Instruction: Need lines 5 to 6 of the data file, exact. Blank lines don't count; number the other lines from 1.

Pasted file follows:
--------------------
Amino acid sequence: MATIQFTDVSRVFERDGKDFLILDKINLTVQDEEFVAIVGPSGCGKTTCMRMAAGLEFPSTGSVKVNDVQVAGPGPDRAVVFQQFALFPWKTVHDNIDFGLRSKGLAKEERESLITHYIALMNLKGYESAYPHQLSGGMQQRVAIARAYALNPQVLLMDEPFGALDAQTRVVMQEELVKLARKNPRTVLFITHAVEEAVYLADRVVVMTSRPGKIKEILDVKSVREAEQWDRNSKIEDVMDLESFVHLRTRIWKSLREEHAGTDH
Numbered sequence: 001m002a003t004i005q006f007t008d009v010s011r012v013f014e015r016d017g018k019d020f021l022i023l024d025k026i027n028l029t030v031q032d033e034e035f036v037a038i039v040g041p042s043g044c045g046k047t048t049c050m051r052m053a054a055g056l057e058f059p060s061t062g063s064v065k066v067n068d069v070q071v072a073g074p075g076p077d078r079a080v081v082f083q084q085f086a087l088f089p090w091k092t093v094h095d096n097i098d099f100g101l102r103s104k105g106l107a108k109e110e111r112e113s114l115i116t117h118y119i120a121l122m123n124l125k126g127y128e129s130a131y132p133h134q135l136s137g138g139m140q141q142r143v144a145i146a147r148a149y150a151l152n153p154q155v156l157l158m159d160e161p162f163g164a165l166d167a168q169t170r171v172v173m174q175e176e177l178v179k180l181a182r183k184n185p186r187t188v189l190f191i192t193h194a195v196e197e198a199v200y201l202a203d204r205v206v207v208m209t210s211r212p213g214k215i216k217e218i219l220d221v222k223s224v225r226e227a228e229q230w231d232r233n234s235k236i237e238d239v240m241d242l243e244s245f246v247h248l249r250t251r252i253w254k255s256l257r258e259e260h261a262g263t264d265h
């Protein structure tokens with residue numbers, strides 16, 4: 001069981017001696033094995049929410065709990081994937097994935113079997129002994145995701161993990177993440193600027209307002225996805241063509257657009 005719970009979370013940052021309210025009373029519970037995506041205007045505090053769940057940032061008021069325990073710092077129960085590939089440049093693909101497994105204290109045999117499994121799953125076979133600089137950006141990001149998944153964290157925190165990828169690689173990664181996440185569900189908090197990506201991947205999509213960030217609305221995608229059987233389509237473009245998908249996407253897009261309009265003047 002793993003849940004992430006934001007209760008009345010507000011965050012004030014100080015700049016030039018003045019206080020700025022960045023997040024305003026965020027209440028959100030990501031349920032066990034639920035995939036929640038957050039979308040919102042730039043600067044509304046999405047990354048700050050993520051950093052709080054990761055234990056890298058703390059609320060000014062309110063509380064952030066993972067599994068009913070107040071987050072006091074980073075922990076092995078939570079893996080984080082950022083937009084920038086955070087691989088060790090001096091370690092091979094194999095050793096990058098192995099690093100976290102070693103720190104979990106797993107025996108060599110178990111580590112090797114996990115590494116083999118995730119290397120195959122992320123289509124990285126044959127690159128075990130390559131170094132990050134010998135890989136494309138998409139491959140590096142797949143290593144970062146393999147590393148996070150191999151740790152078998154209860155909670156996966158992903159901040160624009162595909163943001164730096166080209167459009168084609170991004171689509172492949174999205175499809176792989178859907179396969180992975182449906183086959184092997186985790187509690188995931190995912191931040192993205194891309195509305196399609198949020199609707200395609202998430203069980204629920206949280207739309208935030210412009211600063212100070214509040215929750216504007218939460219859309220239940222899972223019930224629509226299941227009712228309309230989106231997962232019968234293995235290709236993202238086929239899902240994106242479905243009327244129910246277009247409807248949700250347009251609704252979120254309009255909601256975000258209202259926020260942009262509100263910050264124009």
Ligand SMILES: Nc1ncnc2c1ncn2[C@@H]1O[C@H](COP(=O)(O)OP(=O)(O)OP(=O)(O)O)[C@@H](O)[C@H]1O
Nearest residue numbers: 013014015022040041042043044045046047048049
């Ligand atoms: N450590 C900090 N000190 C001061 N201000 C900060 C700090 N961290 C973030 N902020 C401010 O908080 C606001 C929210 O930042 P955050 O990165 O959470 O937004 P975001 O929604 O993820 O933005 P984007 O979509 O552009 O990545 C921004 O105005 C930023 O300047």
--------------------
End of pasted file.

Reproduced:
Nearest residue numbers: 013014015022040041042043044045046047048049
């Ligand atoms: N450590 C900090 N000190 C001061 N201000 C900060 C700090 N961290 C973030 N902020 C401010 O908080 C606001 C929210 O930042 P955050 O990165 O959470 O937004 P975001 O929604 O993820 O933005 P984007 O979509 O552009 O990545 C921004 O105005 C930023 O300047």